In 2007, Nestoriuc and Martin conducted a meta-analysis of 55 previous studies to examine the efficacy of biofeedback interventions in treating migraine. A summary of the research indicates that for all biofeedback interventions, improvements were maintained over an average follow-up period of 17 months. The frequency of migraine attacks and perceived self-efficacy demonstrated the strongest improvements. Overall, this review of research indicates the substantial clinical improvements of individuals with migraine headaches utilising neurofeedback therapy.
A study investigating the use of slow cortical potential (SCP) training by Siniatchkin (2000) examined the efficacy of this therapy in 10 children suffering from migraine without aura. In comparison to healthy control children, the migraine children were characterised by lacking the ability to control cortical negativity. Following 10 feedback sessions, the researchers observed a significant reduction of cortical excitability and an associated reduction of days with migraine/headaches. Therefore, it appears that the normalisation of the threshold regulation of cortical excitability during feedback training may result in clinical improvement.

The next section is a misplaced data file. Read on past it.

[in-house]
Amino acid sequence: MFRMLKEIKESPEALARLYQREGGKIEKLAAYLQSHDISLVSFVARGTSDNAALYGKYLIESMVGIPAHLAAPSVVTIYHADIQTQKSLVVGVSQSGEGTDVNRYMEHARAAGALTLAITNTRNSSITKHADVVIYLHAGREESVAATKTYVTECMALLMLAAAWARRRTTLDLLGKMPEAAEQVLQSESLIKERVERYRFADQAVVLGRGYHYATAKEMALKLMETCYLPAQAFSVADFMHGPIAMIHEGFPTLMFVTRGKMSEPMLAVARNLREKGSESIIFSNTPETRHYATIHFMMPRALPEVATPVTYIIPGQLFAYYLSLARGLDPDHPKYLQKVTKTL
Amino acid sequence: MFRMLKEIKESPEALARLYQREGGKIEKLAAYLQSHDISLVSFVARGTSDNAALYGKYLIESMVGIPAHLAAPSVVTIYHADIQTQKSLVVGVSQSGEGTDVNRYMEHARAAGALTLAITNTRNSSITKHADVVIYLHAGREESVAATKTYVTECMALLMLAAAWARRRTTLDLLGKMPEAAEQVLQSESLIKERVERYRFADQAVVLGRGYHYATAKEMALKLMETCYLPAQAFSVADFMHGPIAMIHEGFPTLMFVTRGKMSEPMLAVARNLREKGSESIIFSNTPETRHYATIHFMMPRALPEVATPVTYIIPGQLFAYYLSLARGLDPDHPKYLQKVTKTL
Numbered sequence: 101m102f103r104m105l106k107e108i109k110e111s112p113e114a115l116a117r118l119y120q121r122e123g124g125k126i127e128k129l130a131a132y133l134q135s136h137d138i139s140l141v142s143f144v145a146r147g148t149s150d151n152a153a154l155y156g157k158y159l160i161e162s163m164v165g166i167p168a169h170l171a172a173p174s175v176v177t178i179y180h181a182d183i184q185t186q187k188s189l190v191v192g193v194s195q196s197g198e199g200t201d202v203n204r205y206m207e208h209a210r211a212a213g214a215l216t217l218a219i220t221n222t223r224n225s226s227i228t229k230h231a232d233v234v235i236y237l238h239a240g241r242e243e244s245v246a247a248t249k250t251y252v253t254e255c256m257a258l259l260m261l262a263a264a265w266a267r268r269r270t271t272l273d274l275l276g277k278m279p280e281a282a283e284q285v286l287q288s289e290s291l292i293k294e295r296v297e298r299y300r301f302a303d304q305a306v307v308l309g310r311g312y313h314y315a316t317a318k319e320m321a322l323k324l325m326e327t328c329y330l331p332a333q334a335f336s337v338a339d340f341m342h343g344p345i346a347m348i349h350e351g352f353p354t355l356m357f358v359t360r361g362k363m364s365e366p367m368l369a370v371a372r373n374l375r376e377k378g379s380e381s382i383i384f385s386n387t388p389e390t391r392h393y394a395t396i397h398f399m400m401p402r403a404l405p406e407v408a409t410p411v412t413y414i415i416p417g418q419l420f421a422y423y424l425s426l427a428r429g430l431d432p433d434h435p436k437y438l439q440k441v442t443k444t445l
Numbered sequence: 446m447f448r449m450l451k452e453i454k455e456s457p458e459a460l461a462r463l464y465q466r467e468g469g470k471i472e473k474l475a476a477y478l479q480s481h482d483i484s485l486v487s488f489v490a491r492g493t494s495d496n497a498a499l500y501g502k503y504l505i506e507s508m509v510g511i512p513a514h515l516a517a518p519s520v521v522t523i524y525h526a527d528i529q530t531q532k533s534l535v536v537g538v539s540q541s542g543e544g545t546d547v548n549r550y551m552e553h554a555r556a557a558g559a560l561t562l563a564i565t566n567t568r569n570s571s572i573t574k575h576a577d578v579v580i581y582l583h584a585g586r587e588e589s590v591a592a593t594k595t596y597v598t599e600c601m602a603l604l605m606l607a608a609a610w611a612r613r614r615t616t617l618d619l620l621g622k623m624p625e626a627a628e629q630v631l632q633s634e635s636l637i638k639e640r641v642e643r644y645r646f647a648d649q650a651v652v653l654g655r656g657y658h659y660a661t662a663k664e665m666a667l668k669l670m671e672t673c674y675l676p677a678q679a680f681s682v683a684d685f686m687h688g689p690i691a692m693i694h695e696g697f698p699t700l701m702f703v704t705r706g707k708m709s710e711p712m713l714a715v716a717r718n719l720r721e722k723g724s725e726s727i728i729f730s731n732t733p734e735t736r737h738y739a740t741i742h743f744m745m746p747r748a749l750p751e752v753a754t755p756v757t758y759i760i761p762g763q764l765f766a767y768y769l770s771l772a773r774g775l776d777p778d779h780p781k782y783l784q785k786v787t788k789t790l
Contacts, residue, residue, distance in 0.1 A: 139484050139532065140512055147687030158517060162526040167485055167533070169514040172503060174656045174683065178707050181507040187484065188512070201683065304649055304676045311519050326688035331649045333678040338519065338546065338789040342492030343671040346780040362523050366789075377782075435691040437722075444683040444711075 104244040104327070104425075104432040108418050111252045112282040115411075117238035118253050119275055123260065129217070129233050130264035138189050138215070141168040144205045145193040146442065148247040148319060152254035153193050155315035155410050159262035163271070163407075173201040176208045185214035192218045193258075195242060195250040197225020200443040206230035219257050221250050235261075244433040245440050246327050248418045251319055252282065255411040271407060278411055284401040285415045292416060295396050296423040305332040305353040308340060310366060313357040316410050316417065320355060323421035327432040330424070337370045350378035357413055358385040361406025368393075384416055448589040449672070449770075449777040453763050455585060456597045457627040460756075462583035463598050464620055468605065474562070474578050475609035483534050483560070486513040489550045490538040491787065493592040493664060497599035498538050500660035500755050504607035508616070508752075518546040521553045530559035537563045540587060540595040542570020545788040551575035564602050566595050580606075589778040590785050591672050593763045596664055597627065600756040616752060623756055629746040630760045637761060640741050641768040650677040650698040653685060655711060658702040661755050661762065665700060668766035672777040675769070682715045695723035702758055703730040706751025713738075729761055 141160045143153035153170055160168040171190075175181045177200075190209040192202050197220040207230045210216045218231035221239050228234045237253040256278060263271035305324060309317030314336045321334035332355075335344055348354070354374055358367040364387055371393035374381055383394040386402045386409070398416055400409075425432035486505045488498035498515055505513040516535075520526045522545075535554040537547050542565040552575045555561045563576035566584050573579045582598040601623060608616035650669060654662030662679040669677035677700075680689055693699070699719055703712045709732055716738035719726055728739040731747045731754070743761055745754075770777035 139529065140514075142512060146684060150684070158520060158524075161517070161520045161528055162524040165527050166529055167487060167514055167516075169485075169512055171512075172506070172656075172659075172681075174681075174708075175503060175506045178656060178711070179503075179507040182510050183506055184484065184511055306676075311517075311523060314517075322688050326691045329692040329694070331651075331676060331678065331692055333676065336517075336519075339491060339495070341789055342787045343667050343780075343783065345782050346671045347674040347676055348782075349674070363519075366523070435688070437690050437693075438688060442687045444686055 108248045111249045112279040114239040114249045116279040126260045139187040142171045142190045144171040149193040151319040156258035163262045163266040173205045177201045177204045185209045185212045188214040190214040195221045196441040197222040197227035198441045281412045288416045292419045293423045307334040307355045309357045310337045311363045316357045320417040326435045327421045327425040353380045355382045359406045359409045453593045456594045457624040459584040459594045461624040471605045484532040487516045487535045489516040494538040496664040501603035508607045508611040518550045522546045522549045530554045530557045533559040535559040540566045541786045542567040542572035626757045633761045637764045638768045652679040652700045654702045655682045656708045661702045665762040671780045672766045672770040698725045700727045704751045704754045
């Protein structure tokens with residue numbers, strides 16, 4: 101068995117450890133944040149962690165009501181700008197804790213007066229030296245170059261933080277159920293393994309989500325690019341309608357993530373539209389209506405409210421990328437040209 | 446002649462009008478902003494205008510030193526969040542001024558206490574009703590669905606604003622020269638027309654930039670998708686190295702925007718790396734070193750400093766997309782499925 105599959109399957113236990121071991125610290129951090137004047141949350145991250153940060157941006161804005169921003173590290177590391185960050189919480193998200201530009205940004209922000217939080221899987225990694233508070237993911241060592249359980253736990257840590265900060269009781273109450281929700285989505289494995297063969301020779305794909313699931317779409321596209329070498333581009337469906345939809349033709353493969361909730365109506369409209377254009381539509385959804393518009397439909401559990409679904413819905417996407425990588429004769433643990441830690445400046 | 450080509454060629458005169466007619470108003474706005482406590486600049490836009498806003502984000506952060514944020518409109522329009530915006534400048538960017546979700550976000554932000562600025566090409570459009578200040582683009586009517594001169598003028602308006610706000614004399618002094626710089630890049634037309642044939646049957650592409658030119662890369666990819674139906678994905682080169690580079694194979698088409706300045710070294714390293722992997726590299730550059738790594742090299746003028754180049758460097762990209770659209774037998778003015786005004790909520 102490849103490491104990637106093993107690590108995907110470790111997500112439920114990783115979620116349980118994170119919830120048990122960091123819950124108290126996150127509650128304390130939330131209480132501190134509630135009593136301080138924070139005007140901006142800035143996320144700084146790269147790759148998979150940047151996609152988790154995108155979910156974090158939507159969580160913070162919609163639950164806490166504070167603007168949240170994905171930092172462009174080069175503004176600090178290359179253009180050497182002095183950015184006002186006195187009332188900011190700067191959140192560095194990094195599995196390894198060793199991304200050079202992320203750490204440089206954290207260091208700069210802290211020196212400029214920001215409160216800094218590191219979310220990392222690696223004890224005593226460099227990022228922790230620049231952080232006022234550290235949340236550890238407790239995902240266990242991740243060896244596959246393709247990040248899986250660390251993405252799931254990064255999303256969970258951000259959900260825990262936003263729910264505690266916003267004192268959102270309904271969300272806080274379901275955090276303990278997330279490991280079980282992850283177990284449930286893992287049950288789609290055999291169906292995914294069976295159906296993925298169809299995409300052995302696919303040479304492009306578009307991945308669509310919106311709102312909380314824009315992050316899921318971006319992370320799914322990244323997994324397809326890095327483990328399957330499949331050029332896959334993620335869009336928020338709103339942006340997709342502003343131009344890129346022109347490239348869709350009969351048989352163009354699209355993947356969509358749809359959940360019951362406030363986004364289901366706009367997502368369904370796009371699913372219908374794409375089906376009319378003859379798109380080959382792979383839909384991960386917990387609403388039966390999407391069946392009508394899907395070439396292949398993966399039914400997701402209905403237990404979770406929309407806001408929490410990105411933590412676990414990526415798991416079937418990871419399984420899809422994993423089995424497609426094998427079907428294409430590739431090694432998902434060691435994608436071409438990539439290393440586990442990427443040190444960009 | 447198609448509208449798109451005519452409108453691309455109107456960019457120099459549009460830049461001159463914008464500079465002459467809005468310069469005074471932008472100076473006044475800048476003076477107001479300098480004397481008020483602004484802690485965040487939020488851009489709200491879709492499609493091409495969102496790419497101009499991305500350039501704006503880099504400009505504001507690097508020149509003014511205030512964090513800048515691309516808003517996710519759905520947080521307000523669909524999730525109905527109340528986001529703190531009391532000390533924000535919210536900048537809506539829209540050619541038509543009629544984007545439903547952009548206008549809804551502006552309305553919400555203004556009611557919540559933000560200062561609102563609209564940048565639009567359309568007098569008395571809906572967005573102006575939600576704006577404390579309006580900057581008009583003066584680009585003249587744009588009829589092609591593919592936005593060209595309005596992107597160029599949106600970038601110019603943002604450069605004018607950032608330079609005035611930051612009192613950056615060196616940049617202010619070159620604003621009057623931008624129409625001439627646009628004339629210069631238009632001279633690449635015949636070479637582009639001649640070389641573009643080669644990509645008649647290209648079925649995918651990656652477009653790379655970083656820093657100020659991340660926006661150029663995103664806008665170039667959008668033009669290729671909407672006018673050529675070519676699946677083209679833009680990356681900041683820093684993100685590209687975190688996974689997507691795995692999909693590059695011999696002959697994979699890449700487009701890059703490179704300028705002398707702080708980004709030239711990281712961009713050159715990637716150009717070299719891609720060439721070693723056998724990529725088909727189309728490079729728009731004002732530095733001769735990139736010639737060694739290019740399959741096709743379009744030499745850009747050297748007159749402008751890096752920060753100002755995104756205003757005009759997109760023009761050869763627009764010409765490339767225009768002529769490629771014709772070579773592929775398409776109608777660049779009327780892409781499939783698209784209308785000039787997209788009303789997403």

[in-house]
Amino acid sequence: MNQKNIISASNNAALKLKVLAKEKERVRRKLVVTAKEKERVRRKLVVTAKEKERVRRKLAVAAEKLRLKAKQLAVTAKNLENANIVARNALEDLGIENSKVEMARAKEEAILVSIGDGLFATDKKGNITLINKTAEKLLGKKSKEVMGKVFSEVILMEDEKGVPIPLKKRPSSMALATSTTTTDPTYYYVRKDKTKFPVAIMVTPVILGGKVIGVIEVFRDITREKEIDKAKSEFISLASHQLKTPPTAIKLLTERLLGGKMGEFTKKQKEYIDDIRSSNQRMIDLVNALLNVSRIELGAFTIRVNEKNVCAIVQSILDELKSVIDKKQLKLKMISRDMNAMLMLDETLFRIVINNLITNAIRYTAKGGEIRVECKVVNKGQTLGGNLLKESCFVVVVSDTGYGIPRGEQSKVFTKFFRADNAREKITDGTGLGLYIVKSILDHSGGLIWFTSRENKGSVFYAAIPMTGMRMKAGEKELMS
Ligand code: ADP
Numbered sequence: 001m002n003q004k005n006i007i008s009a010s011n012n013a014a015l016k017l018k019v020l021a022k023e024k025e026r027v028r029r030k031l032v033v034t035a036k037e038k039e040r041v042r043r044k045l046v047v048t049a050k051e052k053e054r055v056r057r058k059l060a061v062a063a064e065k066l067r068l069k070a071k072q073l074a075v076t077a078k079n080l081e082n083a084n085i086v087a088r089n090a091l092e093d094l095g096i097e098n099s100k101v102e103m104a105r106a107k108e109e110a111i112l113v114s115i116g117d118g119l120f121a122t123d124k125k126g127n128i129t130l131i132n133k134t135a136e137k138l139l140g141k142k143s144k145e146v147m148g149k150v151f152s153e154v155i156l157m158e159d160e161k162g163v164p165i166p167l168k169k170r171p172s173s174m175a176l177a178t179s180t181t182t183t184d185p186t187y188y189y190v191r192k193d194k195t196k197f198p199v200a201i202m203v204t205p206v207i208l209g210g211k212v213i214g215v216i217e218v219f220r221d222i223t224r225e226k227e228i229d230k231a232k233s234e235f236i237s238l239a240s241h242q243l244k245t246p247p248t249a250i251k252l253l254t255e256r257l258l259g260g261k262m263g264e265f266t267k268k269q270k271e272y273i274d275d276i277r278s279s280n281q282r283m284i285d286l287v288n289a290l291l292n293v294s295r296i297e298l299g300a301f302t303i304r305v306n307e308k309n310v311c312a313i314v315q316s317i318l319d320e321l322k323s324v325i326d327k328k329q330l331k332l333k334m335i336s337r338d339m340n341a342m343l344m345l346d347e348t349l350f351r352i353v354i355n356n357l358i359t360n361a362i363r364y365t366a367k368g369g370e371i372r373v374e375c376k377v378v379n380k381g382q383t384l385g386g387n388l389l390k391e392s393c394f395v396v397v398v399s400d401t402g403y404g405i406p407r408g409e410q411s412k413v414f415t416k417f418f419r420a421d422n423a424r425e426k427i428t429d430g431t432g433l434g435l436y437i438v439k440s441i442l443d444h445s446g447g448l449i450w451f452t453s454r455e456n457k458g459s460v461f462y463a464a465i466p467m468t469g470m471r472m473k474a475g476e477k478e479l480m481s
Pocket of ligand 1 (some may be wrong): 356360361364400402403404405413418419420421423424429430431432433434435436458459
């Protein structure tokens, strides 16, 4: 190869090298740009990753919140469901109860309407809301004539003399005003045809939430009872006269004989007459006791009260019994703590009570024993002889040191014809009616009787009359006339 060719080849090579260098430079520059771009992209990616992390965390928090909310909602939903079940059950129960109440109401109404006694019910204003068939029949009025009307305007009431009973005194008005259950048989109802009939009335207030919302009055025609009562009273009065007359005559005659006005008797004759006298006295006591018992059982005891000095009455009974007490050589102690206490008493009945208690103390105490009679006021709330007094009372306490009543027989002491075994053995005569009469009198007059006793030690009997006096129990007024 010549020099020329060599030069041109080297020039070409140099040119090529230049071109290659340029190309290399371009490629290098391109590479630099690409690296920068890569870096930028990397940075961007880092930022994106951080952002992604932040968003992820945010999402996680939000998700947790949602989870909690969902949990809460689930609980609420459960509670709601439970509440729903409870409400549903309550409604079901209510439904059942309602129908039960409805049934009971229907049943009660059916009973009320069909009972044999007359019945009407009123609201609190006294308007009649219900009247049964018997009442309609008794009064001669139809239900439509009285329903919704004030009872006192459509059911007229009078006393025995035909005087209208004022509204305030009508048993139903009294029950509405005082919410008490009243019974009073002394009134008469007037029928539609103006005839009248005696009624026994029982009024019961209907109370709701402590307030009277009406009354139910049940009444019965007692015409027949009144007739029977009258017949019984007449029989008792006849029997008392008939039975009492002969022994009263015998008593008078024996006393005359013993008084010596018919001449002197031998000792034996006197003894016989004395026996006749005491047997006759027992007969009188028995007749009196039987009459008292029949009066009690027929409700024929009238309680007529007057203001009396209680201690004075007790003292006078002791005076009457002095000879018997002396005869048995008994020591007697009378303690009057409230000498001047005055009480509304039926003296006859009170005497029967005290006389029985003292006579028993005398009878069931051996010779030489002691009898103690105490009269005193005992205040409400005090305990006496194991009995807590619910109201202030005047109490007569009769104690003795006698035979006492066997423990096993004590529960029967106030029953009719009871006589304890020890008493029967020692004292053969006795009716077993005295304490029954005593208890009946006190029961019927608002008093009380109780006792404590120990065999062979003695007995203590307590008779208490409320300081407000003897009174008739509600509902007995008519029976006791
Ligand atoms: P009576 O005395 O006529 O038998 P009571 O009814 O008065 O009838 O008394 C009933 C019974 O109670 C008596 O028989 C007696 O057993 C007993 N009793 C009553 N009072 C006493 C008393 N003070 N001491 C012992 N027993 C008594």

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Farahani, D. M., Tavallaie, S. A., Ahmadi, K., & Ashtiani, A. F. (2014). Comparison of Neurofeedback and Transcutaneous Electrical Nerve Stimulation Efficacy on Treatment of Primary Headaches: A Randomized Controlled Clinical Trial. Iranian red crescent medical journal, 16(8), e17799. doi:10.5812/ircmj.17799